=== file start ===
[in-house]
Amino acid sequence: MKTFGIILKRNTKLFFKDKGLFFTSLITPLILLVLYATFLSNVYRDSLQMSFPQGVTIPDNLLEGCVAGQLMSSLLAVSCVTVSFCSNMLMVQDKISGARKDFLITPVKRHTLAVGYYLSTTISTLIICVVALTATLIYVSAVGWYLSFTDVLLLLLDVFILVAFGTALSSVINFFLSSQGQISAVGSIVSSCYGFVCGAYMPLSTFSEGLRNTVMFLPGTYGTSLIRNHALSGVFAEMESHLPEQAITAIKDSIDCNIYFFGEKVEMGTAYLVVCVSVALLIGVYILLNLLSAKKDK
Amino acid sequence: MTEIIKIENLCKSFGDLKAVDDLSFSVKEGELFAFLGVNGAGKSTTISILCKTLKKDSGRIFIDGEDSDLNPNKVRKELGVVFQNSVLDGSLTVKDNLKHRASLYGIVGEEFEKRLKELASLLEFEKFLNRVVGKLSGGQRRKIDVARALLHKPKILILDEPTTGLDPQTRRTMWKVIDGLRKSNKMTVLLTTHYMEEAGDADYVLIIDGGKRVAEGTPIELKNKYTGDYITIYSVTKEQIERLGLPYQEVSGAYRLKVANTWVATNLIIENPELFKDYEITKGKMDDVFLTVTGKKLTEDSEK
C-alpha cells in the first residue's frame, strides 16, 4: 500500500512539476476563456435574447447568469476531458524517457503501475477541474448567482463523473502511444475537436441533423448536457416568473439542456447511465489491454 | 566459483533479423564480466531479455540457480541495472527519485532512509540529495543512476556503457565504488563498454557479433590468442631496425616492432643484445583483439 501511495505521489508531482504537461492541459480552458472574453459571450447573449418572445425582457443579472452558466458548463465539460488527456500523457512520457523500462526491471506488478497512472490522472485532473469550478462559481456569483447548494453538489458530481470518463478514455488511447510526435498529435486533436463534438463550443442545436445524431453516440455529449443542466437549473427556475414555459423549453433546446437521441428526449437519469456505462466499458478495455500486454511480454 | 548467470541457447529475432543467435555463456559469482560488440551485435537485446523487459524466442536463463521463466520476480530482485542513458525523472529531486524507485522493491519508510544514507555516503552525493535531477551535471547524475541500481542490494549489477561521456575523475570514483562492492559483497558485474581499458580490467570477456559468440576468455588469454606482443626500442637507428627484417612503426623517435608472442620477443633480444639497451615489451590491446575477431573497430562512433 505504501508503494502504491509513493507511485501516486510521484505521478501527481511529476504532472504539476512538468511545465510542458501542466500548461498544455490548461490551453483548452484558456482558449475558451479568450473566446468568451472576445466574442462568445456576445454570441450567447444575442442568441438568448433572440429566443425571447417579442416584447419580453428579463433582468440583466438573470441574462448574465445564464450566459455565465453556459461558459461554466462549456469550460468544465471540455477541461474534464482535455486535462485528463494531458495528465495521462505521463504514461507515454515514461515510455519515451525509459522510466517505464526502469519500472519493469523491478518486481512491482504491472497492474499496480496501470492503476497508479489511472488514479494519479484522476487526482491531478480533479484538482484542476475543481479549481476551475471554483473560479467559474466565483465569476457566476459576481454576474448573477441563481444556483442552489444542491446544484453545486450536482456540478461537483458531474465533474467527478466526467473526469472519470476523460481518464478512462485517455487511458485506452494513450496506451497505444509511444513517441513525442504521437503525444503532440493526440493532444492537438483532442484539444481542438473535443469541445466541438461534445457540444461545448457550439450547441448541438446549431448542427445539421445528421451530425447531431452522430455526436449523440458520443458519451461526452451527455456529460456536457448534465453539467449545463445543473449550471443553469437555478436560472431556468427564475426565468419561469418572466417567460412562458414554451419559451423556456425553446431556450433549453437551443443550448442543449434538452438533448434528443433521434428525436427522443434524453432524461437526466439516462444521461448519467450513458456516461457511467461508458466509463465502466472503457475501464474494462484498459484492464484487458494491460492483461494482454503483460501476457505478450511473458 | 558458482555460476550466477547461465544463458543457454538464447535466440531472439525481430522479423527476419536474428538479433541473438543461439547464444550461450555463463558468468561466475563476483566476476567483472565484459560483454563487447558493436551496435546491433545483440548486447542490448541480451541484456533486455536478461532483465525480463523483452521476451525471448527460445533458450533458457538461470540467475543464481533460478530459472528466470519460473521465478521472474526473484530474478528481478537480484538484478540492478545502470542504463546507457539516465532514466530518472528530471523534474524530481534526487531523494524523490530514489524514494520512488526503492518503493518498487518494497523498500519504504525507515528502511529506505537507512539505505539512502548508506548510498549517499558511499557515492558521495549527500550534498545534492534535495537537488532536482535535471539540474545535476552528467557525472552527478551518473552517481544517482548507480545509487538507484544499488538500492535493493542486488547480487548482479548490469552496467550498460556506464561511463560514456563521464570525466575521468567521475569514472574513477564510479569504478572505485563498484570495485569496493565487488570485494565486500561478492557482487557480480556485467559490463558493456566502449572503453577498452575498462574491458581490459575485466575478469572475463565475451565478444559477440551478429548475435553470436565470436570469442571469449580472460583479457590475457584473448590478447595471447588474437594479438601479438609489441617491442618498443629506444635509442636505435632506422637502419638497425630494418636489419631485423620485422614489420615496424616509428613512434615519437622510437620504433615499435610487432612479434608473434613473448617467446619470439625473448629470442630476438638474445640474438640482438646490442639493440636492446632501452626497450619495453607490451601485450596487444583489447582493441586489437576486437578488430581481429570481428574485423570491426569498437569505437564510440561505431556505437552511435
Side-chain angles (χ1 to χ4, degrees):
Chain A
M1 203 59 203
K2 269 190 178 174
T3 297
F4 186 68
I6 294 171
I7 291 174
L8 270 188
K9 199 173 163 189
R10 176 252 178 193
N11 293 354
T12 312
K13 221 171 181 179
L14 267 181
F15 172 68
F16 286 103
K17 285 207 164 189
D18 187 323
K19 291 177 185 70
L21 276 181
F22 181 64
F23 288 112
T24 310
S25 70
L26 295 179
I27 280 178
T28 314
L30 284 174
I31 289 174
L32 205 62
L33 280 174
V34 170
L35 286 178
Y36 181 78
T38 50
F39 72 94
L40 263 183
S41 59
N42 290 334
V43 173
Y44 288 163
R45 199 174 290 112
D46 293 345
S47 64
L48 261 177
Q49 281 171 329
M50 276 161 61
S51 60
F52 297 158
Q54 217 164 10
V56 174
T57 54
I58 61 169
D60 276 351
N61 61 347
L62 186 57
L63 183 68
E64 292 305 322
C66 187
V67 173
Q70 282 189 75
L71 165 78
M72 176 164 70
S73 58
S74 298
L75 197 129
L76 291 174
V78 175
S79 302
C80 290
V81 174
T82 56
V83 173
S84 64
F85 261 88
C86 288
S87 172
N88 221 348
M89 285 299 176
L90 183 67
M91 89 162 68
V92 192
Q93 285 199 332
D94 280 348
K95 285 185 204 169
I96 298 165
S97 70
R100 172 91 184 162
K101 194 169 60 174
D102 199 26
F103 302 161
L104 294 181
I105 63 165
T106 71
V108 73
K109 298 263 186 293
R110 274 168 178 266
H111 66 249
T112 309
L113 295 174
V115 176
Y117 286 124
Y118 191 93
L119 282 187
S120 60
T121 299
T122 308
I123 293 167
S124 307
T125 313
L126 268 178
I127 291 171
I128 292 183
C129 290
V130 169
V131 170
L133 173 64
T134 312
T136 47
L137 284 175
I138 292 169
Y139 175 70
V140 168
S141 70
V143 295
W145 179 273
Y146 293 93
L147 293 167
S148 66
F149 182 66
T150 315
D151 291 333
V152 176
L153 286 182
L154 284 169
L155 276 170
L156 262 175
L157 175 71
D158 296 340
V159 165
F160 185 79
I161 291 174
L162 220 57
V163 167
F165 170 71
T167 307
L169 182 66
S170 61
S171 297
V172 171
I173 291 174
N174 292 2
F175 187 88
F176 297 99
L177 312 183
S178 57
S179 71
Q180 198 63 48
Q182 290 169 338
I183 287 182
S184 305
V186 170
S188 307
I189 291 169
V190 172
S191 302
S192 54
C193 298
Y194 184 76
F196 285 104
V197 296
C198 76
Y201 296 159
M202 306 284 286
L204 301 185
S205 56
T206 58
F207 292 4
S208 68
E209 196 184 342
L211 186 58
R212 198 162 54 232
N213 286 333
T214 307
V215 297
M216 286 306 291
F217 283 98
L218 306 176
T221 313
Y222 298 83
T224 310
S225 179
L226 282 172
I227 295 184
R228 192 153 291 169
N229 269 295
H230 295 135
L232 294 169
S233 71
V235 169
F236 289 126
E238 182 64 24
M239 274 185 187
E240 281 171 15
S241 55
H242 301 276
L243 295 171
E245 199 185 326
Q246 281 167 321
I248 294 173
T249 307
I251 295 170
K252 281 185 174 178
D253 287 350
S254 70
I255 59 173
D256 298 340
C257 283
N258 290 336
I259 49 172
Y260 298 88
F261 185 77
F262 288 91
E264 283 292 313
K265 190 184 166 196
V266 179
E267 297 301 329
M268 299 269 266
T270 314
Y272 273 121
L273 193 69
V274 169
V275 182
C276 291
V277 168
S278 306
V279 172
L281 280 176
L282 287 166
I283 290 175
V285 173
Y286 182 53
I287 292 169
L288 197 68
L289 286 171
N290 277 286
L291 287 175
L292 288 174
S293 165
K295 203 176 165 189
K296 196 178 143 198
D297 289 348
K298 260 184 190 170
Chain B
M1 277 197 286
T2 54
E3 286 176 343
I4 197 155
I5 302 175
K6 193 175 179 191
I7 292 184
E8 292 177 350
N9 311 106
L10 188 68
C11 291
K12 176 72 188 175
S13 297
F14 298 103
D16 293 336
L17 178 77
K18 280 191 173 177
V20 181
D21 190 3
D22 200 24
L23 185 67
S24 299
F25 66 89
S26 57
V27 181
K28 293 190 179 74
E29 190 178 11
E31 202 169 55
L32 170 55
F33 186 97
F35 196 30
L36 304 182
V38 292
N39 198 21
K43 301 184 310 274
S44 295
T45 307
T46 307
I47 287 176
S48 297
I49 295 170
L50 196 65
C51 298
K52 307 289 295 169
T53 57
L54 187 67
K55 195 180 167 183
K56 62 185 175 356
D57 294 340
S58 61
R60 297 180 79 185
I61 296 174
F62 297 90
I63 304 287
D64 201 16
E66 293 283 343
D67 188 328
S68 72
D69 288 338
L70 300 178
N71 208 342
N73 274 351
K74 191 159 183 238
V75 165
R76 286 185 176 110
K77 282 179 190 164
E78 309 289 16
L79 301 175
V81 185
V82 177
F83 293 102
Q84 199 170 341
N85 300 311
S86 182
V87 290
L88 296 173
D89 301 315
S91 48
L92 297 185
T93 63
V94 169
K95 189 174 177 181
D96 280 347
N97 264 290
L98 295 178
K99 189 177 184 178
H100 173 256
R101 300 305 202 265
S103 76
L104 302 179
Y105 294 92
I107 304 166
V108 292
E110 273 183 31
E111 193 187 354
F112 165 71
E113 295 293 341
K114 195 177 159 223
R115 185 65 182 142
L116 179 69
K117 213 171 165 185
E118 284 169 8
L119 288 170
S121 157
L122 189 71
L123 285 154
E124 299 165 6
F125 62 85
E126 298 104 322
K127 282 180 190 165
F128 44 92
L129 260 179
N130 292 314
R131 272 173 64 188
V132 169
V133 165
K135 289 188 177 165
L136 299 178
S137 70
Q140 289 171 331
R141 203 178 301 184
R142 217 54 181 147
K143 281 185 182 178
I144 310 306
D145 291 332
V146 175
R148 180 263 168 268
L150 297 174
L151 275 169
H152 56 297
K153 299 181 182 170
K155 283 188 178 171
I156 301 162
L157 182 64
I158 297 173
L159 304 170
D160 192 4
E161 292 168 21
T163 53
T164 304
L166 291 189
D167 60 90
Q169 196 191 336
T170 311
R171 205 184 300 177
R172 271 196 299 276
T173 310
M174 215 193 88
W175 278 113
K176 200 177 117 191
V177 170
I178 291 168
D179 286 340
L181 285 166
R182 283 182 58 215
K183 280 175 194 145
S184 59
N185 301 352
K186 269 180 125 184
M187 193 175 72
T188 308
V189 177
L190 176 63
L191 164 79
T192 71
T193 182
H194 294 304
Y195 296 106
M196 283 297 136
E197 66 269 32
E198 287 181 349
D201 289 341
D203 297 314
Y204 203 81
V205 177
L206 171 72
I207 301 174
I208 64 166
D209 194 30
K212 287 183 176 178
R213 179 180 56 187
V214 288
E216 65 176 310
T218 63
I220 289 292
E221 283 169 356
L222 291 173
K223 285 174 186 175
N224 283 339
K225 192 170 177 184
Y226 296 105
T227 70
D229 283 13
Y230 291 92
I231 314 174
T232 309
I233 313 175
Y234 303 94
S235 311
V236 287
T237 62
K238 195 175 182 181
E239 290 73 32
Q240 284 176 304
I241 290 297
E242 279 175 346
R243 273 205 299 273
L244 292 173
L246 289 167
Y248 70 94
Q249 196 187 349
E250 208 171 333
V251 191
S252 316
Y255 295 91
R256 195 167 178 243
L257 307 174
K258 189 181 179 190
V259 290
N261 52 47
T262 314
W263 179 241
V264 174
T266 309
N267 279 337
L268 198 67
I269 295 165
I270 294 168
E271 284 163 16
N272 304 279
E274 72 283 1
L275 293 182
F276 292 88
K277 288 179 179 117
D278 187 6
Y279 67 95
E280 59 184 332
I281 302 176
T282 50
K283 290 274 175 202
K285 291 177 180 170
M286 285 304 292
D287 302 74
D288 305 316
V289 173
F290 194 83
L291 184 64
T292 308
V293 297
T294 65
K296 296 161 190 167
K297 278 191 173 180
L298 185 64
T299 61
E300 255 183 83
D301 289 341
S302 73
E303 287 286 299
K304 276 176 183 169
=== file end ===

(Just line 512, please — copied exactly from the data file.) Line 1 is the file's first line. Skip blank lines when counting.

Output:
L298 185 64